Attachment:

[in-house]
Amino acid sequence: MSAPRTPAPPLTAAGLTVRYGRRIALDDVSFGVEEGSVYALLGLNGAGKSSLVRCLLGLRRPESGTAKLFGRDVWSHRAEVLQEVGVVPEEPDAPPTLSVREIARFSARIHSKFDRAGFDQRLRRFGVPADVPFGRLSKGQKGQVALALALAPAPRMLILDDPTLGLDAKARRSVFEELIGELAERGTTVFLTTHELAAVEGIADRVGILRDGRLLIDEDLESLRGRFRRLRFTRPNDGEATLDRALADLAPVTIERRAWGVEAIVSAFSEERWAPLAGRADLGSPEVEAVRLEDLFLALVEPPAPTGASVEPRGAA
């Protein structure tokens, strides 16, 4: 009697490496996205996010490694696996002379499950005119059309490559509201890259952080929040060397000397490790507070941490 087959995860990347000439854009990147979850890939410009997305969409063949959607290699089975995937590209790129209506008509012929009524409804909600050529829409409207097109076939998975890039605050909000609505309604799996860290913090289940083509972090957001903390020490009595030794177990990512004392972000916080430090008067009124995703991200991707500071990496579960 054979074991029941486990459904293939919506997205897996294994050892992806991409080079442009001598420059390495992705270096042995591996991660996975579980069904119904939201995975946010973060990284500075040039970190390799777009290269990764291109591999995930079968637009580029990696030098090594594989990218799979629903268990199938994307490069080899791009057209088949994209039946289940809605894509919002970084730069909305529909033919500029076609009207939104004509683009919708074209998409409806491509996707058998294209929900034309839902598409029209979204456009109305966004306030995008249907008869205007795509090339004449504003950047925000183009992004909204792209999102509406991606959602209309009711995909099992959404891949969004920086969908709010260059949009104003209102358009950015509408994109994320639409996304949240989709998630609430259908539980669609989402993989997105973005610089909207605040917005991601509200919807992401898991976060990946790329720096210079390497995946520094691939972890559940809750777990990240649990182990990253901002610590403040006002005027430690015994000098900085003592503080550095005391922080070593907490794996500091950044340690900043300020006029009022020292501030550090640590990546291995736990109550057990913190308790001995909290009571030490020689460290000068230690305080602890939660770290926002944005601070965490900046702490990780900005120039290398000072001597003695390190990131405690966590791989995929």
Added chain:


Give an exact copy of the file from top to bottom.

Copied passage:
[in-house]
Amino acid sequence: MSAPRTPAPPLTAAGLTVRYGRRIALDDVSFGVEEGSVYALLGLNGAGKSSLVRCLLGLRRPESGTAKLFGRDVWSHRAEVLQEVGVVPEEPDAPPTLSVREIARFSARIHSKFDRAGFDQRLRRFGVPADVPFGRLSKGQKGQVALALALAPAPRMLILDDPTLGLDAKARRSVFEELIGELAERGTTVFLTTHELAAVEGIADRVGILRDGRLLIDEDLESLRGRFRRLRFTRPNDGEATLDRALADLAPVTIERRAWGVEAIVSAFSEERWAPLAGRADLGSPEVEAVRLEDLFLALVEPPAPTGASVEPRGAA
């Protein structure tokens, strides 16, 4: 009697490496996205996010490694696996002379499950005119059309490559509201890259952080929040060397000397490790507070941490 087959995860990347000439854009990147979850890939410009997305969409063949959607290699089975995937590209790129209506008509012929009524409804909600050529829409409207097109076939998975890039605050909000609505309604799996860290913090289940083509972090957001903390020490009595030794177990990512004392972000916080430090008067009124995703991200991707500071990496579960 054979074991029941486990459904293939919506997205897996294994050892992806991409080079442009001598420059390495992705270096042995591996991660996975579980069904119904939201995975946010973060990284500075040039970190390799777009290269990764291109591999995930079968637009580029990696030098090594594989990218799979629903268990199938994307490069080899791009057209088949994209039946289940809605894509919002970084730069909305529909033919500029076609009207939104004509683009919708074209998409409806491509996707058998294209929900034309839902598409029209979204456009109305966004306030995008249907008869205007795509090339004449504003950047925000183009992004909204792209999102509406991606959602209309009711995909099992959404891949969004920086969908709010260059949009104003209102358009950015509408994109994320639409996304949240989709998630609430259908539980669609989402993989997105973005610089909207605040917005991601509200919807992401898991976060990946790329720096210079390497995946520094691939972890559940809750777990990240649990182990990253901002610590403040006002005027430690015994000098900085003592503080550095005391922080070593907490794996500091950044340690900043300020006029009022020292501030550090640590990546291995736990109550057990913190308790001995909290009571030490020689460290000068230690305080602890939660770290926002944005601070965490900046702490990780900005120039290398000072001597003695390190990131405690966590791989995929």
Added chain: